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Don't let the bedbugs bite

November 2, 2010

Photo from Getty Images cutline: Bedbugs, like the one shown in this photo, are appearing more frequently in rural areas.

There have been increasing reports about bedbugs in cities like Pittsburgh, but these infestations are not only a problem for the city - local residents are now finding the little bloodsuckers in their homes.
“It's not just a problem that's occurring in the cities or wherever you read,” said Bill Milford, pest control technician for Southern Tier Professional Pest Control. “It's happening here, too.”
Bedbugs feed primarily on human blood, but will also feed on animals.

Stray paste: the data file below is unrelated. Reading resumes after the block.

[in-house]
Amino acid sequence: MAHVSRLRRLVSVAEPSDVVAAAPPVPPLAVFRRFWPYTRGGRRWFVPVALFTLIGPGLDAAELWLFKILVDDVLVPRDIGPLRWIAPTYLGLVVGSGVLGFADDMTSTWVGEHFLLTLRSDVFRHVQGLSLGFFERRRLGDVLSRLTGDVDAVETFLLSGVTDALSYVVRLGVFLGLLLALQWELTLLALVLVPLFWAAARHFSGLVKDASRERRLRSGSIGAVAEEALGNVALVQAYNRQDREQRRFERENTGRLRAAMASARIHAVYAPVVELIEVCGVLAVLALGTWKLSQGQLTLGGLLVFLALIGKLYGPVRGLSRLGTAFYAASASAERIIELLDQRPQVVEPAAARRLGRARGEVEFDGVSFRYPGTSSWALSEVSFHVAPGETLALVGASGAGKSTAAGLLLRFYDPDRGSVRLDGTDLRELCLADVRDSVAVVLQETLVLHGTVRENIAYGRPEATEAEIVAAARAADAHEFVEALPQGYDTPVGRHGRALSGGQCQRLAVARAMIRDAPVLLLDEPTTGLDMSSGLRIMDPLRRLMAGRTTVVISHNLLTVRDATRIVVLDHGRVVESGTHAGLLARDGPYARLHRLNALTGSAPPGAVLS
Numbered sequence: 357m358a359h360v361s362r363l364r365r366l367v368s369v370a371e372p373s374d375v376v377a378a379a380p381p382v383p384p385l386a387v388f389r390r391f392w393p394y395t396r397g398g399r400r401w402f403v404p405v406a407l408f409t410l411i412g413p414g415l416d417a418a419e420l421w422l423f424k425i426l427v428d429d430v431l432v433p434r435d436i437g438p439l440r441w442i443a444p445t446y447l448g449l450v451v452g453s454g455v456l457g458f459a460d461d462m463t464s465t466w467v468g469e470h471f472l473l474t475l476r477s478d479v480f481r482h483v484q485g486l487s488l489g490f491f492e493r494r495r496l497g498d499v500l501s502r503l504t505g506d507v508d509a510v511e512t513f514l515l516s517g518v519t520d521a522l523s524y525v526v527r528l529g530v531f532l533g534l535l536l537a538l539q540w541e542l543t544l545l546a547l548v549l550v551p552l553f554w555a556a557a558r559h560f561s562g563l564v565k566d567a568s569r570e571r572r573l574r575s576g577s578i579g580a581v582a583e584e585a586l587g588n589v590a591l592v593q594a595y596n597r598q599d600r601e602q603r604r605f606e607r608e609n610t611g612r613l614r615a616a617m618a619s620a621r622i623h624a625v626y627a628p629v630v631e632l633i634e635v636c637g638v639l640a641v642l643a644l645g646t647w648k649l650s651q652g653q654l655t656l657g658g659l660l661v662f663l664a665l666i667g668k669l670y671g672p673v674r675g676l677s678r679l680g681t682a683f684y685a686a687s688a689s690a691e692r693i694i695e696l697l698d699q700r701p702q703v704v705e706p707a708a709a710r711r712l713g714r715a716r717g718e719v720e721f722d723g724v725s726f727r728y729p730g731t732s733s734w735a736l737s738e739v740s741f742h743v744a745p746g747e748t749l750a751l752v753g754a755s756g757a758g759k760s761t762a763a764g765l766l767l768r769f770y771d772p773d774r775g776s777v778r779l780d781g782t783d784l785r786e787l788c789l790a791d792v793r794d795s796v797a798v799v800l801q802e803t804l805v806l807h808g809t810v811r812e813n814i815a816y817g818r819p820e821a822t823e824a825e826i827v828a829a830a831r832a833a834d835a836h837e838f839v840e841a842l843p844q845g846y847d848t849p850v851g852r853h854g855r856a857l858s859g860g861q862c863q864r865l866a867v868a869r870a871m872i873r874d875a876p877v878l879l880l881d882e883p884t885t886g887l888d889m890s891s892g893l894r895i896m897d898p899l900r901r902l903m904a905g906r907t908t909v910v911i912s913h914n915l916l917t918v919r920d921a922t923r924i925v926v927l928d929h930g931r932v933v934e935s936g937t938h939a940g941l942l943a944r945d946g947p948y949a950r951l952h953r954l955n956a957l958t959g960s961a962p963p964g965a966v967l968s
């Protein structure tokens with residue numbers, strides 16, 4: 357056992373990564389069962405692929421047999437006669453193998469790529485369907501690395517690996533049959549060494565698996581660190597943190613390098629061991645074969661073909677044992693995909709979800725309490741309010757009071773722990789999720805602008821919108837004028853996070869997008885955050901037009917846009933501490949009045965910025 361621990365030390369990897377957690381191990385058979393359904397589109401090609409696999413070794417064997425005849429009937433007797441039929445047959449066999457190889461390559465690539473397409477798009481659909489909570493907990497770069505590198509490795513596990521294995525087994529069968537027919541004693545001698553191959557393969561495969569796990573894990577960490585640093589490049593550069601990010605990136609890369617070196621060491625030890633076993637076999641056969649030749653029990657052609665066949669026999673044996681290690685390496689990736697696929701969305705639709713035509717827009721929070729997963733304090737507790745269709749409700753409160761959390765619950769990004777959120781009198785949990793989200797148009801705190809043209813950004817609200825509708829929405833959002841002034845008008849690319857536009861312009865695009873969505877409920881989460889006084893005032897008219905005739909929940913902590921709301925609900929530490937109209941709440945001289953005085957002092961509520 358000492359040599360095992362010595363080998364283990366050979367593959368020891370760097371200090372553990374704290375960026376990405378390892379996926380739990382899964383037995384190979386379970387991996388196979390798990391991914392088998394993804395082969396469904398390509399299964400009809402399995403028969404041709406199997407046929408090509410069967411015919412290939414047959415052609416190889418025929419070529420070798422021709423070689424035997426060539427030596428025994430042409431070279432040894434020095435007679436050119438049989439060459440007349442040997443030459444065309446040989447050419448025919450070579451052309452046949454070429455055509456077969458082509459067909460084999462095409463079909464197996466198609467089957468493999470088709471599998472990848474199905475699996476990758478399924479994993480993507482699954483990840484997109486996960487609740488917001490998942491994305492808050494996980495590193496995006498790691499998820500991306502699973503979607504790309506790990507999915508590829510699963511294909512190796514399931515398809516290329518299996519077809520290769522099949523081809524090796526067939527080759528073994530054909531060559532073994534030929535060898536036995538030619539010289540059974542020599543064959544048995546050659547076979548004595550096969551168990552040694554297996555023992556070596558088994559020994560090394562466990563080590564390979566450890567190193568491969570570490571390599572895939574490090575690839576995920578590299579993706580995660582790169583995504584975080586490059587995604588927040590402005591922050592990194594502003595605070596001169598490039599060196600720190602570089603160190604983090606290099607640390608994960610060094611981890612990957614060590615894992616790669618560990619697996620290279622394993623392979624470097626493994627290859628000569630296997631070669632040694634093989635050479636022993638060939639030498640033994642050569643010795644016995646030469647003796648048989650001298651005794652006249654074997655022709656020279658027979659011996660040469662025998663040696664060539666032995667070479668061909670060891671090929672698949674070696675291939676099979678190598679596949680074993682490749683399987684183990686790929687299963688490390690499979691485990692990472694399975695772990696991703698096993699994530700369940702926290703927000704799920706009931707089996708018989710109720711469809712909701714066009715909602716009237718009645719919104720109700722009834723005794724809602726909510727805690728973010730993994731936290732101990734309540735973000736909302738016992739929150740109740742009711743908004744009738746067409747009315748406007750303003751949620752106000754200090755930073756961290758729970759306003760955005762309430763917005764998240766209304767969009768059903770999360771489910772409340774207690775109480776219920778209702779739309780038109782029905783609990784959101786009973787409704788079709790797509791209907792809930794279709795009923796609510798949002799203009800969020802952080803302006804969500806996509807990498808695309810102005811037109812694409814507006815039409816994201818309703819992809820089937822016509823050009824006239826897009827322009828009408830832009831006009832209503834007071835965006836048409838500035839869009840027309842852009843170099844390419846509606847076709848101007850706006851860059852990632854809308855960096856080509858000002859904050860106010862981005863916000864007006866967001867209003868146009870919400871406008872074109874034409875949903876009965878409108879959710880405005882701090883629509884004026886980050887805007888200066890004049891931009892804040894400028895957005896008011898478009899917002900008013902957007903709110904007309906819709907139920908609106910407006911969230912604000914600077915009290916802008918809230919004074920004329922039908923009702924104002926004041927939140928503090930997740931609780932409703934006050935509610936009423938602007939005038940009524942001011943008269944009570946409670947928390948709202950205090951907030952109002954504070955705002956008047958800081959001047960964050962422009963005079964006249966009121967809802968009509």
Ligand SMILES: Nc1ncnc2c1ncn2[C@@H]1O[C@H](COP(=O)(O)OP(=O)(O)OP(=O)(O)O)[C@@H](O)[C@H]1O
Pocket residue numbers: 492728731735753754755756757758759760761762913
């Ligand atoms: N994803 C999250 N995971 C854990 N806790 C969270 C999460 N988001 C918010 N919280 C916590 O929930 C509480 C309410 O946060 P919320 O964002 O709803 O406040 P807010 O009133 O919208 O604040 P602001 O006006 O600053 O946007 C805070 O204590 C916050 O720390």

“Bedbugs are being reintroduced from Europe and the chemicals we use today are not as potent as they used to be,” Milford said. “Chemicals today are made to break down quickly, so these insects, whether they are cockroaches or bedbugs, will develop a resistance to the chemicals.
“It's hard to get into all of the areas that they infest. They are getting very hard to exterminate.”
Milford has had a number of local calls to eradicate bedbugs. He recalled a job in a local town where the entire home was infested.
“They are picked up mostly from traveling and staying in hotels,” Milford said. “People need to know what to look for - spotting around mattresses. Check the sheets in the hotel and especially around the mattress because the bedding is changed daily."
Milford also suggested examining luggage before coming home and washing clothing in hot water to kill the bugs.
For more on this story, see the Nov. 2 edition of The Daily Press.

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